I know that it may be hard to believe for some of you but FOX is doing something right with this whole supernatural TV show thing by bringing us Sleepy Hollow. (I know it’s only been a few episodes.) I’ve been watching TV as long as I’ve had concrete memories, and I’ve been disappointed by TV shows for just as long. FOX in particular has disappointed me several times – RIP Firefly, the wound may be old, but it still stings. Sleepy Hollow, a fun and scary show, gets some things really right by treating the character of Abbie Mills (Nicole Beharie) like an actual person, making me forget some of the show’s flaws.
Scandal, a political drama on ABC, is the first show since 1976 to have a Black woman as a lead, taking the leap without having a White male as the focal point of the show, even with its 10PM Thursday time slot. This is so rare and so historical that even the Emmy’s had to make a big deal about it. Women still have fewer starring roles in film and television, and if that woman is Black… well, it’s like she doesn’t even exist. Some of the more popular shows recently – Breaking Bad, Mad Men, House of Cards – all focus on stories of their White male leads, with little to no people of color in the supporting cast, despite this supposedly being the “Golden Age of Television“. These male leads get to make mistakes, be single-minded in their beliefs, do deplorable acts, and the audience will still cheer for them, excusing those actions because it’s their story. The same freedom isn’t as often given to characters of color, unfortunately. This is what makes Sleepy Hollow’s choice of having Abbie Mills, a Black woman, as its lead so interesting and daring. (May contain spoilers if you haven’t yet started the show.)
Within the first episode we are introduced to Abbie Mills, a lieutenant with the Westchester Police Department. When Abbie was in high school, she and her sister saw some supernatural business in the forest and (of course) nobody believed them. Later on, Abbie’s mentor, someone she respected and loved, was murdered by a headless horseman. Still dealing with that loss, she meets Ichabod Crane, a man who had died during the American Revolution and now is alive and prophesied to protect the world during the apocalypse. We get to see Abbie feel scared that she’s going out of her mind; heartbroken as she cries for her mentor who was more of a father than her own; embarrassed about being questioned about her ex-boyfriend. Abbie even gets a bit snarky when being haunted. I love that she’s given a range of emotions as a character, and the show does it while still barely mentioning Abbie’s blackness. Sure, at one point she does remind Ichabod who she is – “a Black female lieutenant” – but for the most part the show doesn’t focus on it. The same goes for Andy Brooks, played by John Cho, and Captain Frank Irving, played by Orlando Jones. They are people in this town, not racial stand-ins: police captains and officers doing their jobs, and studying for the FBI entrance exam, in Abbie’s case. Despite only around 80 minutes of actual storytelling time, they have backgrounds, hopes, dreams, and fears.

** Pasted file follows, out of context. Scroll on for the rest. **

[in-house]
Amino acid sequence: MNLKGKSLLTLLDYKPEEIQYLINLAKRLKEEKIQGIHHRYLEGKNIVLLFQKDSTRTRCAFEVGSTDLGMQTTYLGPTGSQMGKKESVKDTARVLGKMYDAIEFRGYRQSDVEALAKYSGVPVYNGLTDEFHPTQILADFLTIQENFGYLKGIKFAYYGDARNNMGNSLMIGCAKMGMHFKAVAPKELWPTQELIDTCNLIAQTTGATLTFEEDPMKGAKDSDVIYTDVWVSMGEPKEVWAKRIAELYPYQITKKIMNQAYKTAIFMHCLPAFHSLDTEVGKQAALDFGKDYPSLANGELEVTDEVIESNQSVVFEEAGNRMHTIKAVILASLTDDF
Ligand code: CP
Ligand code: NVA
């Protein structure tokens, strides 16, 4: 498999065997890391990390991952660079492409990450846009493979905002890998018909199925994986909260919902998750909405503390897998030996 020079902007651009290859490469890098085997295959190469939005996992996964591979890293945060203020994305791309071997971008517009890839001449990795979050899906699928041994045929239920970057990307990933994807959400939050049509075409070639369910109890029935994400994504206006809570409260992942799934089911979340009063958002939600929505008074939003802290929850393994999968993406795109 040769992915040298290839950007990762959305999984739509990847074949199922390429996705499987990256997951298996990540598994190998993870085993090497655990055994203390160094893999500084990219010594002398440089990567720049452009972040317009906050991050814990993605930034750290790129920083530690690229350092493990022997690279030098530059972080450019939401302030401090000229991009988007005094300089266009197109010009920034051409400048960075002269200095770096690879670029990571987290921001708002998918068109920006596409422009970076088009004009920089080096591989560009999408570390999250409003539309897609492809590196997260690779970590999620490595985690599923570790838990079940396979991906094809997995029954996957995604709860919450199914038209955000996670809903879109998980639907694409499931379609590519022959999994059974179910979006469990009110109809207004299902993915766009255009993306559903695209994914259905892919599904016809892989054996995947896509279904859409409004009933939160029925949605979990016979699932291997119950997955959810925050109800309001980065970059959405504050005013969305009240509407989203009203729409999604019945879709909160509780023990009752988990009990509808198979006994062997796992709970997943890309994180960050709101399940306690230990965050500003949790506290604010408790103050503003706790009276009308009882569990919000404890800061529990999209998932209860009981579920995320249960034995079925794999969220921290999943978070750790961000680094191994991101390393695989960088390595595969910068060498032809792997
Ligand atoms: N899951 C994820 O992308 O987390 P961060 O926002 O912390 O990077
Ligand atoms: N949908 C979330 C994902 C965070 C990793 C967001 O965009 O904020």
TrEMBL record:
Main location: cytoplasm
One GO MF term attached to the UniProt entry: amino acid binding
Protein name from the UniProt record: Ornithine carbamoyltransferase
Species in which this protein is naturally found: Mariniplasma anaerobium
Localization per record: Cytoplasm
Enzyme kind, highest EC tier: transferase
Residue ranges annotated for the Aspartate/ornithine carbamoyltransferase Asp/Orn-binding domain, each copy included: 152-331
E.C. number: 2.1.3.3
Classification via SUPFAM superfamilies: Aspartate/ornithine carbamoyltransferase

The narrative tone of the show pushes us to connect with Abbie Mills as the audience stand-in, which is so important to shows like these. Not just on camera but even in the promotional materials, we are shown the importance of Abbie Mills and Nicole Beharie, who portrays her. When you see her in promo images, she is looking straightforward and standing in the foreground, with her hand on her gun or badge. This placement shows Abbie in a position of power. Ichabod Crane may have been the focus of “The Legend of Sleepy Hollow” story, but here he is sharing the spotlight with Abbie Mills. Where he is the old world, she is the new and they need each other equally. Abbie can’t get through this apocalyptic war without his knowledge of the past and his visions. Ichabod can’t do anything in the present setting without her real world knowledge and ingenuity.
This partnership is the heart of the show, and with Nicole Beharie getting second billing, this makes her the most important woman on the show. In a television climate where Black women in fantasy television are depicted as motiveless villains (Tamara on Once Upon a Time), punching bags (Tara on True Blood), or plot helpers (Bonnie on Vampire Diaries), it’s nice to see a Black woman propel the plot forward as a fully realized character. I can’t wait to see where the show takes her.
(If you want to hear Nicole Beharie’s thoughts on the project, she did a lovely interview during her press rounds and Tumblr has already gotten in on the action with several blogs about our awesome leftenant.)